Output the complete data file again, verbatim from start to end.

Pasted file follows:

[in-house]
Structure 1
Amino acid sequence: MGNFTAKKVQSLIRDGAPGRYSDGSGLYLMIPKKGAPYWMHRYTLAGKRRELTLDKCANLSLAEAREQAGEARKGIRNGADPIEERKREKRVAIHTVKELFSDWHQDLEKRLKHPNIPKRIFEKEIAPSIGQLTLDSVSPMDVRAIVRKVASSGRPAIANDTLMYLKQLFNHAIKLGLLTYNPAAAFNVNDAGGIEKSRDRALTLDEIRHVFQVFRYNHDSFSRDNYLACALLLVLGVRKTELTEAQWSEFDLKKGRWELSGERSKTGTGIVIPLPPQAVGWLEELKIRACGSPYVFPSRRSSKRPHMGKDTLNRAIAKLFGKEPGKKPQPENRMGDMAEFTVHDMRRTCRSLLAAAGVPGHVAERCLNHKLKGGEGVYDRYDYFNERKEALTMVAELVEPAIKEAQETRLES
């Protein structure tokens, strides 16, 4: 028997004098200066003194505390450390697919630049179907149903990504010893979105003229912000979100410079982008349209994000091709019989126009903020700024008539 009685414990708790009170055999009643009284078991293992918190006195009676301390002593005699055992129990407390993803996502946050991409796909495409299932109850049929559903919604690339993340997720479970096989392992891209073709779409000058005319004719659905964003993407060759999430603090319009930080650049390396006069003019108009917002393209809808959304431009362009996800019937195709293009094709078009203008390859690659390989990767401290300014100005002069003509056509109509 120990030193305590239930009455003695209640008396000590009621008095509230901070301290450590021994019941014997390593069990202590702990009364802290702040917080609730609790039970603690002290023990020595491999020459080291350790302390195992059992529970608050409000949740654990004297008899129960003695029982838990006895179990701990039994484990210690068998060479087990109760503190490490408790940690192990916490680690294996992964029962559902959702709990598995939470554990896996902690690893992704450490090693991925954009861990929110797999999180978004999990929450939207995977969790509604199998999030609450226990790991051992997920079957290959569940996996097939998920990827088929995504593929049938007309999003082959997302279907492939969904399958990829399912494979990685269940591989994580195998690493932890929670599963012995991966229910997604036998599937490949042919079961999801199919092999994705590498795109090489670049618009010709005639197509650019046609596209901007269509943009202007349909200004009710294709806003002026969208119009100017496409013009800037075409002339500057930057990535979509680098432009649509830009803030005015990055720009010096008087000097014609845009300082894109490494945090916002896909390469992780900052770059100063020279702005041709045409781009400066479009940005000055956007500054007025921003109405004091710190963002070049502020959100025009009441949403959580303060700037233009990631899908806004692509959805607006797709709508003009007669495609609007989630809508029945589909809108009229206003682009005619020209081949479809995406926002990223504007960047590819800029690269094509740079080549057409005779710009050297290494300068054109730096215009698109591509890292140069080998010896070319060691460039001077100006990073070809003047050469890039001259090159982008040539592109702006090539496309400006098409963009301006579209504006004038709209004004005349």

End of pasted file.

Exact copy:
[in-house]
Structure 1
Amino acid sequence: MGNFTAKKVQSLIRDGAPGRYSDGSGLYLMIPKKGAPYWMHRYTLAGKRRELTLDKCANLSLAEAREQAGEARKGIRNGADPIEERKREKRVAIHTVKELFSDWHQDLEKRLKHPNIPKRIFEKEIAPSIGQLTLDSVSPMDVRAIVRKVASSGRPAIANDTLMYLKQLFNHAIKLGLLTYNPAAAFNVNDAGGIEKSRDRALTLDEIRHVFQVFRYNHDSFSRDNYLACALLLVLGVRKTELTEAQWSEFDLKKGRWELSGERSKTGTGIVIPLPPQAVGWLEELKIRACGSPYVFPSRRSSKRPHMGKDTLNRAIAKLFGKEPGKKPQPENRMGDMAEFTVHDMRRTCRSLLAAAGVPGHVAERCLNHKLKGGEGVYDRYDYFNERKEALTMVAELVEPAIKEAQETRLES
């Protein structure tokens, strides 16, 4: 028997004098200066003194505390450390697919630049179907149903990504010893979105003229912000979100410079982008349209994000091709019989126009903020700024008539 009685414990708790009170055999009643009284078991293992918190006195009676301390002593005699055992129990407390993803996502946050991409796909495409299932109850049929559903919604690339993340997720479970096989392992891209073709779409000058005319004719659905964003993407060759999430603090319009930080650049390396006069003019108009917002393209809808959304431009362009996800019937195709293009094709078009203008390859690659390989990767401290300014100005002069003509056509109509 120990030193305590239930009455003695209640008396000590009621008095509230901070301290450590021994019941014997390593069990202590702990009364802290702040917080609730609790039970603690002290023990020595491999020459080291350790302390195992059992529970608050409000949740654990004297008899129960003695029982838990006895179990701990039994484990210690068998060479087990109760503190490490408790940690192990916490680690294996992964029962559902959702709990598995939470554990896996902690690893992704450490090693991925954009861990929110797999999180978004999990929450939207995977969790509604199998999030609450226990790991051992997920079957290959569940996996097939998920990827088929995504593929049938007309999003082959997302279907492939969904399958990829399912494979990685269940591989994580195998690493932890929670599963012995991966229910997604036998599937490949042919079961999801199919092999994705590498795109090489670049618009010709005639197509650019046609596209901007269509943009202007349909200004009710294709806003002026969208119009100017496409013009800037075409002339500057930057990535979509680098432009649509830009803030005015990055720009010096008087000097014609845009300082894109490494945090916002896909390469992780900052770059100063020279702005041709045409781009400066479009940005000055956007500054007025921003109405004091710190963002070049502020959100025009009441949403959580303060700037233009990631899908806004692509959805607006797709709508003009007669495609609007989630809508029945589909809108009229206003682009005619020209081949479809995406926002990223504007960047590819800029690269094509740079080549057409005779710009050297290494300068054109730096215009698109591509890292140069080998010896070319060691460039001077100006990073070809003047050469890039001259090159982008040539592109702006090539496309400006098409963009301006579209504006004038709209004004005349």